Stores in These States Must Give You Cash for Your Gift Cards
Everyone’s been in a situation where they’ve used a gift card and are left with a tiny amount of money left—it’s not enough for another purchase, and you don’t really want to buy something else with only a $1.43 discount, but you don’t want to discard the gift card either. That’d be like throwing away money.
One solution, depending on the state you live in, is to ask the store for cash. Many stores have policies against this, but some states, including California and New Jersey, require companies to reimburse you if you have less than a certain amount of money left on the gift card.
California: Any gift card worth less than $10 is redeemable in cash.
Colorado: You can redeem any card worth less than $5 for cash.
Connecticut: The merchant must redeem the card balance for cash if it is less than $3.
Maine: The merchant must redeem the value of a gift card worth less than $5 for cash, with some exceptions.
Massachusetts: If you cannot add more value to the card, you can redeem the remaining value of the gift card for cash if you’ve used 90 percent of its face value. If you can add more value to the card, you can redeem it for cash if it has less than $5 remaining on it.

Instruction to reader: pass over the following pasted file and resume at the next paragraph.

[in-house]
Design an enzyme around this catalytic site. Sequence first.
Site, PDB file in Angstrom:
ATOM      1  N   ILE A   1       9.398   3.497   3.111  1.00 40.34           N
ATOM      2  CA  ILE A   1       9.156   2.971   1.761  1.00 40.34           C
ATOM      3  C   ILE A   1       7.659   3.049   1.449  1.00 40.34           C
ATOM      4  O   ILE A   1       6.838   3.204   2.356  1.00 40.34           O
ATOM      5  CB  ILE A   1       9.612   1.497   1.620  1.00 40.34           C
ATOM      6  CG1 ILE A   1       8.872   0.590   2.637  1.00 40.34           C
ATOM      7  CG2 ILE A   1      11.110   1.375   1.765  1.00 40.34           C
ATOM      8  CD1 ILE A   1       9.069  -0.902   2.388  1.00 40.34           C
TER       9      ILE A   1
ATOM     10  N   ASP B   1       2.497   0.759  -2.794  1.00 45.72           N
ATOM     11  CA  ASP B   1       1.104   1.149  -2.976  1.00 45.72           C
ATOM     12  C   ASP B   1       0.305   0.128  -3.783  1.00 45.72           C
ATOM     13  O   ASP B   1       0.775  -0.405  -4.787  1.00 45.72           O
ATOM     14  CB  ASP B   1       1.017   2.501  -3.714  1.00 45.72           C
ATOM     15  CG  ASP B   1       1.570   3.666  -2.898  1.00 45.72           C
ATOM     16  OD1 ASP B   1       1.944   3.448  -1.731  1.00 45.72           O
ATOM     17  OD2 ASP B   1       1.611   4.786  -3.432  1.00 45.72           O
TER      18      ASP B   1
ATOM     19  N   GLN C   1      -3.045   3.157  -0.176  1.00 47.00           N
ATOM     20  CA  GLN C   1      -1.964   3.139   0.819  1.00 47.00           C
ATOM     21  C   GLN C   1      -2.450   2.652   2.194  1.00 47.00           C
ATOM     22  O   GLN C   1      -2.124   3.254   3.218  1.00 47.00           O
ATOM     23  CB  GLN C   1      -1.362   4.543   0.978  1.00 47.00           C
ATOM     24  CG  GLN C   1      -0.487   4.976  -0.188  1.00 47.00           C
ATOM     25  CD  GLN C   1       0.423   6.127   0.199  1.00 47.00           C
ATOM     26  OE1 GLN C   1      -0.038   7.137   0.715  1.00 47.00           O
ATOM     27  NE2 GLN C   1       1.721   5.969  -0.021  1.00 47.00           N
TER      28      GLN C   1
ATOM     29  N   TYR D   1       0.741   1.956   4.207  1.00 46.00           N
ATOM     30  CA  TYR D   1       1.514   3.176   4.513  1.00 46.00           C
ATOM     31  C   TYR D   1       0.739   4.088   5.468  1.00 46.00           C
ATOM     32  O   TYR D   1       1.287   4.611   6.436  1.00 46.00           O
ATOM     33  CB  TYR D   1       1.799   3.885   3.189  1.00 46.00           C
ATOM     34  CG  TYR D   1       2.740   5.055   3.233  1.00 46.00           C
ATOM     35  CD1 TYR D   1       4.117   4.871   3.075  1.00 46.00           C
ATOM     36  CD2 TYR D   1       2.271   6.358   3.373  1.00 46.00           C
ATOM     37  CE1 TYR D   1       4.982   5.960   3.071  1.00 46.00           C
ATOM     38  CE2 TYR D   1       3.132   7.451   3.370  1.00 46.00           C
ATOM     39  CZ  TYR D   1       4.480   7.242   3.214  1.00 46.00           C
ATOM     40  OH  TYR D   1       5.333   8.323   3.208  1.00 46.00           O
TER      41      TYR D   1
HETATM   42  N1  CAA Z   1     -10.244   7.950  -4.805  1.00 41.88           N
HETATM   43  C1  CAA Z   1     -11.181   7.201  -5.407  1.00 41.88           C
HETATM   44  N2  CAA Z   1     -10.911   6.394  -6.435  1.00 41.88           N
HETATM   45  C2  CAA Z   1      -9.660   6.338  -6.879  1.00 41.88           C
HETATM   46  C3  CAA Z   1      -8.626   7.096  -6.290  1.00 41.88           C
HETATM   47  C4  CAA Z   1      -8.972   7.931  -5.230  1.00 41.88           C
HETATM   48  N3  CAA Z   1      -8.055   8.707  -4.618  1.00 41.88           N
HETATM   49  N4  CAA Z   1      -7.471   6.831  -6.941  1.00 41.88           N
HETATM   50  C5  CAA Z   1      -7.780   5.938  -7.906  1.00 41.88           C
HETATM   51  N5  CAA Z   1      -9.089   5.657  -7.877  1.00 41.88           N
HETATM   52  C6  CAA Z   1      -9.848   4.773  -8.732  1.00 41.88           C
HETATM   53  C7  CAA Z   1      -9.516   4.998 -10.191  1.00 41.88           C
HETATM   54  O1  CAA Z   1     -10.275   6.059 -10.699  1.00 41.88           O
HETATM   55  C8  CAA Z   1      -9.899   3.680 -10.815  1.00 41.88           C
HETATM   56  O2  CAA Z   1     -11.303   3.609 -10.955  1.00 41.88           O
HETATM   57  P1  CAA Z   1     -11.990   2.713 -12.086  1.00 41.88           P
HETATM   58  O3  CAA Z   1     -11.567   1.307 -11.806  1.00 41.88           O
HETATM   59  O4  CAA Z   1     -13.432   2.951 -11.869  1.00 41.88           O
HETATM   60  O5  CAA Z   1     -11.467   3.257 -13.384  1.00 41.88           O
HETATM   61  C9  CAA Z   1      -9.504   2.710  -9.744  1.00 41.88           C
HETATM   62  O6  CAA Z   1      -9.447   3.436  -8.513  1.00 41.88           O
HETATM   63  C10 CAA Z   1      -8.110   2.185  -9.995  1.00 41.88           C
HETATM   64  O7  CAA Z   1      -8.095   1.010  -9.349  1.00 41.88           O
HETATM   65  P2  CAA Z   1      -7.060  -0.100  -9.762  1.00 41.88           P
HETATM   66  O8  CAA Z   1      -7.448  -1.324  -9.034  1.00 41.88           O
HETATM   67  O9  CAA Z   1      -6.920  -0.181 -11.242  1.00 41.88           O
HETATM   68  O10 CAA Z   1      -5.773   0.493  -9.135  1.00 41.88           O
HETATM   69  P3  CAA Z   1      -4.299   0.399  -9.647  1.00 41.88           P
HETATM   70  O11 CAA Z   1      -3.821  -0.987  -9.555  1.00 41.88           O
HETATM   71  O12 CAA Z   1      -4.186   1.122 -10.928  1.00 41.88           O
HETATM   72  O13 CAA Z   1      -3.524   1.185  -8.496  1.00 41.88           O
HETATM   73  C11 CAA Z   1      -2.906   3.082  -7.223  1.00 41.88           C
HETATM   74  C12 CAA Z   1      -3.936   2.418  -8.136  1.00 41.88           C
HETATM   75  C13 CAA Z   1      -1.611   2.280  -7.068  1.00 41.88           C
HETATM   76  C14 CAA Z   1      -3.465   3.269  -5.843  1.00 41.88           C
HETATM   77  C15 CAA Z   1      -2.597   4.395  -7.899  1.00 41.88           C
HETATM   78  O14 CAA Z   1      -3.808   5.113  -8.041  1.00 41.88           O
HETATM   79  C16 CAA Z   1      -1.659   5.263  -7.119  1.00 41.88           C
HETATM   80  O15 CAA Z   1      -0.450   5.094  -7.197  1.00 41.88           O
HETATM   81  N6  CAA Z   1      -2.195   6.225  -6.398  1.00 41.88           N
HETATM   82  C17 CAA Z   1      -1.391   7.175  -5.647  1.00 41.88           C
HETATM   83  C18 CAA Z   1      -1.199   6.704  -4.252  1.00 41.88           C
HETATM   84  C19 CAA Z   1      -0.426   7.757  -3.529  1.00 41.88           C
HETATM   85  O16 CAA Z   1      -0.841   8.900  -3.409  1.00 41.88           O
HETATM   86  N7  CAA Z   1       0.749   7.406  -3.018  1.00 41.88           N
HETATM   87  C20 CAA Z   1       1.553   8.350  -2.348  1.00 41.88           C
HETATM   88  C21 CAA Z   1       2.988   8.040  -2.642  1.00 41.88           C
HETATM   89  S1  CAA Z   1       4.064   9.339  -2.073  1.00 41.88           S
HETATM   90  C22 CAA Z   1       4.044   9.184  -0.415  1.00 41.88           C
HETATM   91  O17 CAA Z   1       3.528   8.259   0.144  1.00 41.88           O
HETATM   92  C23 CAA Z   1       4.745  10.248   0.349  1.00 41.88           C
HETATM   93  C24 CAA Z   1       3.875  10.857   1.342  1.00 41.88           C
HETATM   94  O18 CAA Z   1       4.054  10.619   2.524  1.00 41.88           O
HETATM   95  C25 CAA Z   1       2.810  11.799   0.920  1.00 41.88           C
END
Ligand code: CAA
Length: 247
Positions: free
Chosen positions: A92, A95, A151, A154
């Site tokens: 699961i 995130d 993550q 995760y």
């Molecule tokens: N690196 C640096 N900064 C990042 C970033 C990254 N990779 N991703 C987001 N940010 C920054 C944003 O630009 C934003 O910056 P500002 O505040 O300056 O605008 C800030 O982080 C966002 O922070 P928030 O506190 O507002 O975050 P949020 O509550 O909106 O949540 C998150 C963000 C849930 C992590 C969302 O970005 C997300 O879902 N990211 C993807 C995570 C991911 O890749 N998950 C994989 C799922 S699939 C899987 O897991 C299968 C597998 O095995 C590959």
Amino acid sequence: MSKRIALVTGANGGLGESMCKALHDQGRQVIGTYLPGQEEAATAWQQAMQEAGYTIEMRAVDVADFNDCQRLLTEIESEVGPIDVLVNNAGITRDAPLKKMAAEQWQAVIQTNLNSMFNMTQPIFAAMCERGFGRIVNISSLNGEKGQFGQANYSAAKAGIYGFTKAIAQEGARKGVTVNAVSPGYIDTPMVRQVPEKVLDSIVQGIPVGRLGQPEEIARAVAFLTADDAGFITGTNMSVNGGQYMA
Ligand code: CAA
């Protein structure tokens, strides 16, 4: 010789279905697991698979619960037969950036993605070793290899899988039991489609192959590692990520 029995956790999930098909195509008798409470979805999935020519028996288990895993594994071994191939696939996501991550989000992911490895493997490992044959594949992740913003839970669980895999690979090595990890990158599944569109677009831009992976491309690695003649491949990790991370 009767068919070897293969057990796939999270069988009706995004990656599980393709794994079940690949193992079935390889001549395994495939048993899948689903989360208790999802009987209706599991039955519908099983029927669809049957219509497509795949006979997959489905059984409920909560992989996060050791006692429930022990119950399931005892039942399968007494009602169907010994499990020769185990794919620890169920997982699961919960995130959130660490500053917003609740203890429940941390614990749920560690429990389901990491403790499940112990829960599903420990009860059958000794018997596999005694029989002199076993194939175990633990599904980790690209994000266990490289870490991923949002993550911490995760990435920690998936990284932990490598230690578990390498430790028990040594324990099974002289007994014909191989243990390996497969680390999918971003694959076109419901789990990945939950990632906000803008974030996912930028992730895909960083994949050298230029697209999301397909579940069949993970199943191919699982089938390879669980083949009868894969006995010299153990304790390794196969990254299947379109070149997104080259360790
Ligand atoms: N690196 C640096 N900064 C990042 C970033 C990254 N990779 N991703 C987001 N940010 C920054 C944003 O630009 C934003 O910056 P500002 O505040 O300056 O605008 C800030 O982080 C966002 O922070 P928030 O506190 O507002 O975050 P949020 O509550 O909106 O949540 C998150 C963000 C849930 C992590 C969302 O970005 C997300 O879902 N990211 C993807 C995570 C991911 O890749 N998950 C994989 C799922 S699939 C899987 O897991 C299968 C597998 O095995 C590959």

Montana: You can redeem the remaining balance for cash if the card has less than $5 on it and was originally worth more than $5.
New Jersey: You can redeem the card for cash if it has less than $5 on it.
Oregon: The balance must be below $5, and you must have used it for one previous transaction, to redeem for cash.
Puerto Rico: You may redeem the card balance for cash if it has less than $5 on it.
Rhode Island: The balance must be less than $1 to redeem for cash.
Vermont: You can redeem the card for cash if it has less than $1 on it.
Washington: You can redeem the card for cash if it has less than $5 on it.
You can see your state’s specific law here (Connecticut passed its law after that page was published).